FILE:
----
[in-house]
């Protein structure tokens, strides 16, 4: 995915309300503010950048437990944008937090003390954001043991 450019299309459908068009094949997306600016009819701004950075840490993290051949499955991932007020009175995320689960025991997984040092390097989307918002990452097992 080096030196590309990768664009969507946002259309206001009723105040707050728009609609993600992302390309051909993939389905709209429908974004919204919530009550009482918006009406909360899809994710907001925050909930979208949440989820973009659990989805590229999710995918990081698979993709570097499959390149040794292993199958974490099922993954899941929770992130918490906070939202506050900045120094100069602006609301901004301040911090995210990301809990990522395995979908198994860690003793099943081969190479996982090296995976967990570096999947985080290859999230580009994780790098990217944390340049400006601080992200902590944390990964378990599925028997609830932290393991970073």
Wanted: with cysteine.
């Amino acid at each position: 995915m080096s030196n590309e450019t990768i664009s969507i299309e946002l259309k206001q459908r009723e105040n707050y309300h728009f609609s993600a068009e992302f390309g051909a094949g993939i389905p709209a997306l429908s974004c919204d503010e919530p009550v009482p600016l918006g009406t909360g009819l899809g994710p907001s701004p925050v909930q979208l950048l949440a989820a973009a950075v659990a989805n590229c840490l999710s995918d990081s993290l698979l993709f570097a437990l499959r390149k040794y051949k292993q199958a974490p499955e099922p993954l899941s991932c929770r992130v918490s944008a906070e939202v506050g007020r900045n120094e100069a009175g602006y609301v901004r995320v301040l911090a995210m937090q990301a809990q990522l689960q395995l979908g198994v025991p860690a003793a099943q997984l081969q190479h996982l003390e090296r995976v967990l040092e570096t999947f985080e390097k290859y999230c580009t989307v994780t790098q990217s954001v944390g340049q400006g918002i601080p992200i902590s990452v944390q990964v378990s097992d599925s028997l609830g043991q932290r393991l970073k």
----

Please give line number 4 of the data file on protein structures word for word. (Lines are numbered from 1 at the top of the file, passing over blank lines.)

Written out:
């Amino acid at each position: 995915m080096s030196n590309e450019t990768i664009s969507i299309e946002l259309k206001q459908r009723e105040n707050y309300h728009f609609s993600a068009e992302f390309g051909a094949g993939i389905p709209a997306l429908s974004c919204d503010e919530p009550v009482p600016l918006g009406t909360g009819l899809g994710p907001s701004p925050v909930q979208l950048l949440a989820a973009a950075v659990a989805n590229c840490l999710s995918d990081s993290l698979l993709f570097a437990l499959r390149k040794y051949k292993q199958a974490p499955e099922p993954l899941s991932c929770r992130v918490s944008a906070e939202v506050g007020r900045n120094e100069a009175g602006y609301v901004r995320v301040l911090a995210m937090q990301a809990q990522l689960q395995l979908g198994v025991p860690a003793a099943q997984l081969q190479h996982l003390e090296r995976v967990l040092e570096t999947f985080e390097k290859y999230c580009t989307v994780t790098q990217s954001v944390g340049q400006g918002i601080p992200i902590s990452v944390q990964v378990s097992d599925s028997l609830g043991q932290r393991l970073k």